Fortescue Metals Group is under fire over the deaths of two contractors and a string of safety breaches as investigators place the company's operations under the microscope.
The world’s fourth biggest iron ore miner has expanded rapidly on the back of strong Chinese steel demand, using a host of contracting companies to build and operate its iron ore operations in the Pilbara.
But unions and workers are worried about Fortescue’s serious incident rate and some of the practices among its contractors.
Mine inspectors are carrying out multiple investigations into two deaths at Fortescue’s Christmas Creek mine over the past six months and four incidents at the company’s Solomon hub this month.
Mineral Resources Limited, the mining services company which employed a worker who died at Fortescue’s Christmas Creek mine in August, said on Friday that Fortescue paid $300 million to buy out its two crushing plants as it hired its local workforce.
Mineral Resources’ subsidiary Crushing Services International (CSI) employed more than 121 contractors at Christmas Creek when New Zealander Kurt Williams, 24, was crushed to death while carrying out maintenance work in the crushing plant.
Since then Fortescue’s safety record has come under increased scrutiny.
Two weeks ago a 33 year-old man died while carrying out maintenance on a large piece of mining machinery at Christmas Creek’s heavy vehicle workshop, prompting the mining regulator to issue a special order to improve safety procedures at the mine.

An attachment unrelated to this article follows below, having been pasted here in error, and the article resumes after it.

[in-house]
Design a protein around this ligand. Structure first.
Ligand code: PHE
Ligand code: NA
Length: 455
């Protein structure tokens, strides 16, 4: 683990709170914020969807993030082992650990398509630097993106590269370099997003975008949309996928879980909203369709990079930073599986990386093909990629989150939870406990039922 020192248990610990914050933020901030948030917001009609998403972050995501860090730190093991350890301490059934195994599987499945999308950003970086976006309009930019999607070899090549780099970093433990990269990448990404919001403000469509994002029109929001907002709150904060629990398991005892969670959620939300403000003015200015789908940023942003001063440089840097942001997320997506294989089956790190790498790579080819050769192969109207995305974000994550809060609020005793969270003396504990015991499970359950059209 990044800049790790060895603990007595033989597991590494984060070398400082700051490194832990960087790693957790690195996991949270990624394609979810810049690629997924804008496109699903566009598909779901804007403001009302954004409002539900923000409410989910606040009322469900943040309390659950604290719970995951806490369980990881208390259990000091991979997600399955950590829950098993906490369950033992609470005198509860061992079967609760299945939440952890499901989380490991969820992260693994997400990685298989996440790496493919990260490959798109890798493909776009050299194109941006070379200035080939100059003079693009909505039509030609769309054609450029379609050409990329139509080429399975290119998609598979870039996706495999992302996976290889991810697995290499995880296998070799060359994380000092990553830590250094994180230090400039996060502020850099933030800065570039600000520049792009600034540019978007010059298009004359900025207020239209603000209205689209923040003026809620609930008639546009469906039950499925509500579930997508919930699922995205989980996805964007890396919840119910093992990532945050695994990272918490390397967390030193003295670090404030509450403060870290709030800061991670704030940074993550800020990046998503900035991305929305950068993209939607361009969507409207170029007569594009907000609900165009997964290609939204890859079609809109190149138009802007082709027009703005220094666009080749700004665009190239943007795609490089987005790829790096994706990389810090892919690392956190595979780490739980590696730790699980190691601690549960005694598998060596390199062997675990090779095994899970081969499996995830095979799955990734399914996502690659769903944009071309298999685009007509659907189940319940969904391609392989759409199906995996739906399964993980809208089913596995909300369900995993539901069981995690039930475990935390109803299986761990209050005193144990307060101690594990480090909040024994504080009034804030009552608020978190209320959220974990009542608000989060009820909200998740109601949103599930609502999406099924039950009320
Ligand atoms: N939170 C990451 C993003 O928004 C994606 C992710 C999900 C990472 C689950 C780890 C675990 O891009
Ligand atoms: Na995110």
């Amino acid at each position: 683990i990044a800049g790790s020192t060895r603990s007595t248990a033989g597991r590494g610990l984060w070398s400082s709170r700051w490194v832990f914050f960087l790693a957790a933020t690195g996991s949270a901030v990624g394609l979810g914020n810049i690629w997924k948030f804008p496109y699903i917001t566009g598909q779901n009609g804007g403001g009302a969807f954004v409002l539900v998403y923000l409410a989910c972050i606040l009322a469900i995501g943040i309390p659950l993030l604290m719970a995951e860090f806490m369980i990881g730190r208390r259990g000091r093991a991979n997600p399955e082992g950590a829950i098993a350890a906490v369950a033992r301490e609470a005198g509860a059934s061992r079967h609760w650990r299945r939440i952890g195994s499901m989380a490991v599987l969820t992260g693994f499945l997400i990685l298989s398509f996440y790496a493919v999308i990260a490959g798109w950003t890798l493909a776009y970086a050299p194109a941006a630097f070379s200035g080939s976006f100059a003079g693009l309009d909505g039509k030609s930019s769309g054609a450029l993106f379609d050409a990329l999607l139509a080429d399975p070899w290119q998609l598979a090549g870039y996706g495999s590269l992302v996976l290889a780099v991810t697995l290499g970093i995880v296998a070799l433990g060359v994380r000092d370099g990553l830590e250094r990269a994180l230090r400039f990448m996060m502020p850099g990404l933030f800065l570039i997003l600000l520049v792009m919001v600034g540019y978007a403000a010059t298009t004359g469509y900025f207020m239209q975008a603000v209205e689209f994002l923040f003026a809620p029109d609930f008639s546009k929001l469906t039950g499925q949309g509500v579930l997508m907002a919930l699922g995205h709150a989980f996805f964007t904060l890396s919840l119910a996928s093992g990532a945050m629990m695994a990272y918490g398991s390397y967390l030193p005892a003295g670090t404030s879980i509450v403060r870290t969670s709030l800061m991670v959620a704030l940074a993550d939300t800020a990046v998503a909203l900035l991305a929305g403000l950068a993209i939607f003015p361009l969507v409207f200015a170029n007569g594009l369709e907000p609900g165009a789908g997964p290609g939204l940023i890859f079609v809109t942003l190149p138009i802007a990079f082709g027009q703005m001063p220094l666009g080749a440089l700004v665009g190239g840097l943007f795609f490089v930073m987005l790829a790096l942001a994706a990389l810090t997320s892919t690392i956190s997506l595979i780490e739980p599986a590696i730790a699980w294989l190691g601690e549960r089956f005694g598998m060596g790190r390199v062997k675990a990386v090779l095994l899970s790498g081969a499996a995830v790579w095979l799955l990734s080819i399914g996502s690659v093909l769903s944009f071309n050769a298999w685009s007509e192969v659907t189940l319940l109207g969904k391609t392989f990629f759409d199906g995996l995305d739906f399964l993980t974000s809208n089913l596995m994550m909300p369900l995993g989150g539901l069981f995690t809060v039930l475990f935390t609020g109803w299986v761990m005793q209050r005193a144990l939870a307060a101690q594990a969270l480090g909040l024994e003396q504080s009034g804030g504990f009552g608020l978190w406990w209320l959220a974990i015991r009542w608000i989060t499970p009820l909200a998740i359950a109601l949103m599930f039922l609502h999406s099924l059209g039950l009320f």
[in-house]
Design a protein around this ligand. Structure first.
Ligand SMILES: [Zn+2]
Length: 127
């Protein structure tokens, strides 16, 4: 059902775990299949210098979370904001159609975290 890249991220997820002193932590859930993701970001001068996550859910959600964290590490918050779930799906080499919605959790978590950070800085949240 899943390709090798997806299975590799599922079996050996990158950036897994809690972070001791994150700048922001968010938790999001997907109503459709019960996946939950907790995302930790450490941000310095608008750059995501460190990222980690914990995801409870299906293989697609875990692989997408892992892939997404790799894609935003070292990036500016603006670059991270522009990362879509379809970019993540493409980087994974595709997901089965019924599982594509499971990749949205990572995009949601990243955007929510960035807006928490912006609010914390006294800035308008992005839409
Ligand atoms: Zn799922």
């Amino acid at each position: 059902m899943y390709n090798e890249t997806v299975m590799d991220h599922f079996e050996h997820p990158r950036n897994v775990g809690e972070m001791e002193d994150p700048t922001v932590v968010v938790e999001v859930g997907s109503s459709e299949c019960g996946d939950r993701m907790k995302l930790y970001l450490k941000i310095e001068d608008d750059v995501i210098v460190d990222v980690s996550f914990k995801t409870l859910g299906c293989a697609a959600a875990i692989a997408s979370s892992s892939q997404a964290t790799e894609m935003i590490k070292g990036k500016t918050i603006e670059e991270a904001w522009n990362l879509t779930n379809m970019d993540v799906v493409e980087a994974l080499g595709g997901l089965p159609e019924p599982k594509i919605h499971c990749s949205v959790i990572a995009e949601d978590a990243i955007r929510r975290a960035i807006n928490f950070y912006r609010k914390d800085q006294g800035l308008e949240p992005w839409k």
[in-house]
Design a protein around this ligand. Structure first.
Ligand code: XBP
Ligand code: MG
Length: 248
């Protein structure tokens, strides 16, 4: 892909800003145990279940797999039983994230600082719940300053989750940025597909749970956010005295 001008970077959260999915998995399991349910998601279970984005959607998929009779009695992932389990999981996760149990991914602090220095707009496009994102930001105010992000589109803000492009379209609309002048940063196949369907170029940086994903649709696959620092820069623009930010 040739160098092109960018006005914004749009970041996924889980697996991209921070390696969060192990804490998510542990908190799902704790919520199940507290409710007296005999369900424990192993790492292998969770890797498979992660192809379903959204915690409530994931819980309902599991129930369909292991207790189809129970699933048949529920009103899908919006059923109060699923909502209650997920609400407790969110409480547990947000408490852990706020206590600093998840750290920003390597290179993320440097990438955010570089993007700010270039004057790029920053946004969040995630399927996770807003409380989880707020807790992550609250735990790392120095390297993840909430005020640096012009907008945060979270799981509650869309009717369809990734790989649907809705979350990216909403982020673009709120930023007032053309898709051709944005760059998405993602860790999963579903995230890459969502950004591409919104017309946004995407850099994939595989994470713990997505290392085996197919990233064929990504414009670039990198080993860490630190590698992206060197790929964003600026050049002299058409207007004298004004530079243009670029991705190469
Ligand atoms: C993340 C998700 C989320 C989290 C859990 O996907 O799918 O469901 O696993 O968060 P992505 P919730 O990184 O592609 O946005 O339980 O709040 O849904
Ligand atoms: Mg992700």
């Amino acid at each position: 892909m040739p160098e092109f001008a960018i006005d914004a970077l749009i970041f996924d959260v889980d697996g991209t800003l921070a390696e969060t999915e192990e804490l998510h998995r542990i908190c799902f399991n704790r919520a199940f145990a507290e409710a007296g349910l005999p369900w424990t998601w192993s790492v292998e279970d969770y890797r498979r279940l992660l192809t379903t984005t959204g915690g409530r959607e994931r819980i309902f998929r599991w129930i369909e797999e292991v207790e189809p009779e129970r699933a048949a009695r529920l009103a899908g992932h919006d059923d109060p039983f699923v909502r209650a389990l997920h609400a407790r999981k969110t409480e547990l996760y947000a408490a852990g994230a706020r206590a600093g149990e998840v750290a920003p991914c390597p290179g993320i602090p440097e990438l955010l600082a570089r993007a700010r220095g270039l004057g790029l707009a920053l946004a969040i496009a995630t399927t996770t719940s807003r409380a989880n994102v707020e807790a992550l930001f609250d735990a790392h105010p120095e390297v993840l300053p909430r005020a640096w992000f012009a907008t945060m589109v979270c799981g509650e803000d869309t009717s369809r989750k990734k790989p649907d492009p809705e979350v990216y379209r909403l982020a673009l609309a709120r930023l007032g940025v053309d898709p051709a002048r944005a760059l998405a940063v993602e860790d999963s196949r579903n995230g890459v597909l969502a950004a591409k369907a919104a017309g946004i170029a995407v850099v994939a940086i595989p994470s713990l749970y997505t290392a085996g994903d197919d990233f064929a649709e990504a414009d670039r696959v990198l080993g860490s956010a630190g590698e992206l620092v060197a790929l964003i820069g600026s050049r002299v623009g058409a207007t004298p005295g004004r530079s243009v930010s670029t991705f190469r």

The man was employed by contractor Global Surface Mining.
At the time the WA Department of Mines and Petroleum (DMP) suspended operations and ordered Fortescue to improve its safety procedures at all of its operations.
The DMP is carrying out two separate investigations at Christmas Creek. It follows an incident last year in which a contractor had his leg amputated after a truck crash on a Fortescue site.
The department is also investigating incidents at Solomon in which three people were within a blast exclusion zone, two water truck incident reports, and an incident involving a tool carrier.
“Any incident is of concern and mine operators across WA’s resources sector should always be looking to maintain and improve safety outcomes,” the department’s executive director of mine safety Simon Ridge said.
Mr Ridge has said Fortescue’s mine sites appeared to have involved an “ineffectual isolation and lock out/tag out process”.
Unions have highlighted Fortescue’s use of contractors and say the safety culture has to change to prevent another death or serious injury.
“We want the full gamut of potential contributing factors to be examined in detail, including the replacement of experienced workers with cheaper alternatives,” CFMEU Construction Division WA secretary Mick Buchan said.
Union members were very concerned about the serious incident rate at Fortescue Metals sites.
“Something’s got to give otherwise there’s just going to be more of the same.”
Electrical Trades Union WA secretary Les McLaughlan has raised concerns about Crushing Services International’s safety practices as employees worked on live equipment.
Meanwhile, mining services contractor Global Surface Mining, which employed the worker who died on December 30, is staying tight lipped about its current contract with Fortescue.
Fortescue is reviewing safety procedures and this week said it bought out CSI’s equipment to ensure the “safe and efficient operation” of the two ore processing facilities.
“This outcome will assist in ensuring cultural alignment among the valued personnel,” Fortescue chief executive Nev Power said in a statement.
Mr Power has previously said no one on a Fortescue site was expected to do anything that compromises safety.
A Department of Mines and Petroleum spokesperson says more than 500 workers per year suffer serious injuries on WA mines.